Sam Crawford was a little smaller than Joe DiMaggio and about that much bigger than Willie Mays. He was an Edwardian augury that bigger wasn't necessarily going to be better in the most skilled of American athletics, no matter how megalomaniacal the Ford Fricks and Bowie Kuhns and Roone Arledges might let the game become.
Crawford hung it up in 1917 after his 2,964th hit (including more triples than anybody ever made or probably ever will), and 40 years later somebody noticed that there were some people in the Hall of Fame with fewer than half that many. So they let him in, at 77.
In 1966, when scholar-author Larry Ritter went to interview this old jock out of Wahoo, Neb., he expected Crawford to quote Rube Waddell, that magnificient flake, and Sam did, at length. Ritter didn't expect "Let the dead past bury its dead," from Robert Ingersoll who was "more a skeptic than an atheist," Wahoo Sam explained.
But Crawford had not turned his back on the past. "Those who forget the past," he quoted Santayana, "are condemned to repeat it."
Then Crawford told Ritter about the 1897 Baltimore Orioles, the team of Wee Willie Keeler, whose 44-game hitting streak is baseball's second longest. Billy Martin would understand: "For Christ's sake," the Oriole stars would say to manager Ned Hanlon "shut up and leave us alone and we'll win." They won: Three firsts and two seconds in five years, and Hanlon was replaced by the third baseman, guy named McGraw.
But the one who found ways to beat you, the fact remained in Crawford's 86-year-old memory, was Keeler, who was Wee: three-eighths of an inch shorter and not an ounce heavier than Albie Pearson "A hundred and forty pounds," Crawford marveled, "but he played in the big leagues for 20 years and had a lifetime average close to 350."
It was 19 years and .345, and Three-Finger Brown could tick off the people who topped it since Grover Cleveland (the president, not the pitcher). "He choked up so far he used only half the bat," Crawford continued, "and then he'd just peck at the ball, just a little snap swing. He'd always hit the ball somewhere where they ain't, Keeler may actually have said some time, although it has that aprocryphal flavor one finds in archives). He could fly to first, and you couldn't strike him out."
In MacMillan's splendid Baseball Encyclopedia that latter hyperbole seemed literally, shockingly true. From 1897 through 1909 the One Great Scorer has not marked a strikeout against Willie Keeler's name. But a cross-check shows that Honus Wagner was in the league 13 years before he ever fanned, or frowned, at a curve ball.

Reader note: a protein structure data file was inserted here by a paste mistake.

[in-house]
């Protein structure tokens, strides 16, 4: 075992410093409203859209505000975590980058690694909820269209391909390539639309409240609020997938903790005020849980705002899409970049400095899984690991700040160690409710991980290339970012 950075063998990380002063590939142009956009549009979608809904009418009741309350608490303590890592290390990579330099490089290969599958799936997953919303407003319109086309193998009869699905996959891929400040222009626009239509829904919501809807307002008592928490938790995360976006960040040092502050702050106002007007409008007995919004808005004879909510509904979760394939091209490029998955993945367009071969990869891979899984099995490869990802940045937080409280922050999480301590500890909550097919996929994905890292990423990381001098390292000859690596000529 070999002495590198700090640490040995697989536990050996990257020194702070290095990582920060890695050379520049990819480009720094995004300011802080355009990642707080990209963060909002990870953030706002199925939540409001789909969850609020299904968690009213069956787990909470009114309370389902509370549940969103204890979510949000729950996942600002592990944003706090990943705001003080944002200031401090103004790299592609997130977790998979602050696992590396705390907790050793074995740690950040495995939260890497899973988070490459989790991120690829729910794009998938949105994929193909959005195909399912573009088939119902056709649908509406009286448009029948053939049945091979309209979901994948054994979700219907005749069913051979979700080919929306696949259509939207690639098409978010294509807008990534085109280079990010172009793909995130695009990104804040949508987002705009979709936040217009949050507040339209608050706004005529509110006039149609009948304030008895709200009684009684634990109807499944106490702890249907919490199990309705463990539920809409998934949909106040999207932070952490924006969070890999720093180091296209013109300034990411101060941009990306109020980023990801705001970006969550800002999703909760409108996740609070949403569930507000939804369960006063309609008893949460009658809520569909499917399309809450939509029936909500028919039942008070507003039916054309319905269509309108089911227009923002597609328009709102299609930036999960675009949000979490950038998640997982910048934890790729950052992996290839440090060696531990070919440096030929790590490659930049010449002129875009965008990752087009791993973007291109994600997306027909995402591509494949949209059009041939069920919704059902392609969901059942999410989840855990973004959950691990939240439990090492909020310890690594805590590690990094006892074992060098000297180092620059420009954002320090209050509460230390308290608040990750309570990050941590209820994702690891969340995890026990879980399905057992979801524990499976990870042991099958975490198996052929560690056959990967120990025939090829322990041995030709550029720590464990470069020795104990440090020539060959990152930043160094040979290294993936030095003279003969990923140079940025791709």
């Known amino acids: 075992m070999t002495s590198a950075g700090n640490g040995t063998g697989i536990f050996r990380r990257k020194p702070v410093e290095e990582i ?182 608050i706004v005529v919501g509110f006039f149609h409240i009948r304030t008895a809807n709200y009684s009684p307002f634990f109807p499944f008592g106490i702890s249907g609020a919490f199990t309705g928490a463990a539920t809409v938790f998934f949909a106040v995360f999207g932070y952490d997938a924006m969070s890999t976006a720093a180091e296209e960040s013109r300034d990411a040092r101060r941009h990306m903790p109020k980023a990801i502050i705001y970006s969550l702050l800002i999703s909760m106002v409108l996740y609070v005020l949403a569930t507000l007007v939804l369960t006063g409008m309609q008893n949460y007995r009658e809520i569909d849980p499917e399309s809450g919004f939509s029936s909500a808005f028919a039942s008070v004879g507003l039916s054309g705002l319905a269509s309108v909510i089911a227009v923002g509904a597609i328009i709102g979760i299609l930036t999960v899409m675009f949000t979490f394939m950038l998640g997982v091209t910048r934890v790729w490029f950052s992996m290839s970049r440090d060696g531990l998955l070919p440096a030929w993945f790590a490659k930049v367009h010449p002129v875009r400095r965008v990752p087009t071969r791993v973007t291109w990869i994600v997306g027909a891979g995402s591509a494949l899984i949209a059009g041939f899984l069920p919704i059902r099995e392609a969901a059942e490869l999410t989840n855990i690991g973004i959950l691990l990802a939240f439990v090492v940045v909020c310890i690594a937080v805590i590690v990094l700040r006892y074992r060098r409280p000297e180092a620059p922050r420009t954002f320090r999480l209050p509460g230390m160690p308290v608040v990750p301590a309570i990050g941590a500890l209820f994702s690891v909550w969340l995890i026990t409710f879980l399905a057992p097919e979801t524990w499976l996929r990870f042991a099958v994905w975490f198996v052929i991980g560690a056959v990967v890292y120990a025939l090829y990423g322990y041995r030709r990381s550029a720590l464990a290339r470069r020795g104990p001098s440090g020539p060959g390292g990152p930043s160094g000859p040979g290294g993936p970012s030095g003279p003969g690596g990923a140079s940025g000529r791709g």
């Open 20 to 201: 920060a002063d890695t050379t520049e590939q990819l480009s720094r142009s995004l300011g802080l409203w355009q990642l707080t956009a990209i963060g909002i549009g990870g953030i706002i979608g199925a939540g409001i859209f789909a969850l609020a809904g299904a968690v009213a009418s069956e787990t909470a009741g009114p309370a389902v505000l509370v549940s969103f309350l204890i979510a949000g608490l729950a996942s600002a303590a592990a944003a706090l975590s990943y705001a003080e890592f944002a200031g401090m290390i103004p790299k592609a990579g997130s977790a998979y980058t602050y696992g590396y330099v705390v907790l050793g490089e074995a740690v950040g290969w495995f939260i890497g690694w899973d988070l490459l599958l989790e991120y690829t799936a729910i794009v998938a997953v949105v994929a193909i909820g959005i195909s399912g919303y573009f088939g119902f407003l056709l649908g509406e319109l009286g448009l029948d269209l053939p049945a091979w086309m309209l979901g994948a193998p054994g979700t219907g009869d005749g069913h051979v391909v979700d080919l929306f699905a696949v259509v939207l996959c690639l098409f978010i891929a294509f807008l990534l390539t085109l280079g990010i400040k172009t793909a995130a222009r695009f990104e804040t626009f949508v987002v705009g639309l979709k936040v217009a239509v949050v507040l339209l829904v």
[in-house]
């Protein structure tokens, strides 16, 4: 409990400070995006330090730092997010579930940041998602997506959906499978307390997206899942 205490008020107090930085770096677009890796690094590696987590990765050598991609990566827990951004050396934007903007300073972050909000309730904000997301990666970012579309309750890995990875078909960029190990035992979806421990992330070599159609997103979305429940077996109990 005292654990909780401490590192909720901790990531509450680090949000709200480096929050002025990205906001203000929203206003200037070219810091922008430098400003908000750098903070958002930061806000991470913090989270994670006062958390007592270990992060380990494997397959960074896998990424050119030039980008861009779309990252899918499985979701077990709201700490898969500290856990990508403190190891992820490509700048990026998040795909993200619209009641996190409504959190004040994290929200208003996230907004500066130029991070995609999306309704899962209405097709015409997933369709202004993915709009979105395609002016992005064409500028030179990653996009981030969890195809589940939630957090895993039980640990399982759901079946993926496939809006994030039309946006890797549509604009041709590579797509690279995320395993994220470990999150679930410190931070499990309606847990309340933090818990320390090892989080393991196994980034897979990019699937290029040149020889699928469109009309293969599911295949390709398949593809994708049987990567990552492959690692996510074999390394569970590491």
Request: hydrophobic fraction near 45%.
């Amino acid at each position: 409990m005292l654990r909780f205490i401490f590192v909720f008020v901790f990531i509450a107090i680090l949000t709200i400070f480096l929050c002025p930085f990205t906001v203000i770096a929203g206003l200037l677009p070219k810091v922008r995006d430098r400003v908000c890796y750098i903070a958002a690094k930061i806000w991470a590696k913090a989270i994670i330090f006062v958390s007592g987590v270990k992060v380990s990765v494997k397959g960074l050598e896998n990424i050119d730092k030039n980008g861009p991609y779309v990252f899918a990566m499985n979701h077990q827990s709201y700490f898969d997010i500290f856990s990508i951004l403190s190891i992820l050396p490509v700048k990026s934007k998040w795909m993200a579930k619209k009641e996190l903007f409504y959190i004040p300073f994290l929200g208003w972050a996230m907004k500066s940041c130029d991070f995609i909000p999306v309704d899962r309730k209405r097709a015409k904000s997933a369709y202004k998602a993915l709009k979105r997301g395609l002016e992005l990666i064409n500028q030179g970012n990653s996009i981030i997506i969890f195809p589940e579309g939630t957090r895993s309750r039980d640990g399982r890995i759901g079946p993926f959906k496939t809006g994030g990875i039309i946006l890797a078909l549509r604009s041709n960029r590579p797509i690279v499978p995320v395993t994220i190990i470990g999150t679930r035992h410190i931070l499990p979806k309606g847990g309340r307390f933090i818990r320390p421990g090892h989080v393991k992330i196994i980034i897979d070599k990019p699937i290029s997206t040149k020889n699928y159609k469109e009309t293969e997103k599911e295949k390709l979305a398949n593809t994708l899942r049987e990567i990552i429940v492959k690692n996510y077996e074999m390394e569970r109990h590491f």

Strikeouts were credited to the Waddells and Cy Youngs all those years but they were regarded as victimless crimes, for some reason. Cliff Kachline, curator of the Hall of Fame at Cooperstown, doesn't know why.
Joe Sewell, another tiny man, went to bat 608 official times in 1925 and walked back with the bat in his hand only four times. So maybe Willie Keeler never did strike out in that 1897 season. He made 243 hits, and Mordecai Brown wouldn't have to take his glove off to count the people who topped that. Wee Willie hit .432, and if he'd waited four more years to do it, Hornsby and Sisler and Cobb and Lajoie would have had another "modern" to look up to - down at?
That was a 130-game season and Keeler sat out two. So he had only 562 at-bats. Given the 631 cuts George Sisler had to make his 257 hits - a 58-year-old record - William Henry Keeler might have pecked out 273 hits and Ty Cobb might have demanded they dissect the ball - or Keeler.
Keeler's streak wasn't all singles. During the year he had 27 doubles, 19 triples and somewhere, one home run (the prevailing ground-rule double rule was 235 feet). In the streak there were 82 hits - 11 doubles and 10 triples.
Four times that season Keeler made five hits in a game. A record, yes, but tied later by guys named Cobb and Musial. The five-hit games, incidentally, were not part of the 44-game streak.
There were some bunts in the streak. Willie Keeler came into the big league in 1892 and left in 1910. In 1894 there was a rule change: "Batter charged with a strike for hitting a foul bunt." In 1909 there was another rule written: "Bunt on a third strike is a strikeout . . ."
There was the manifest possibility that a little man, choking halfway up a little bat and controlling it like a pool cue, could make an old man out of a pitcher - several pitchers, perhaps - if there were no rule to stop him from bunting, and bunting, and bunting . . .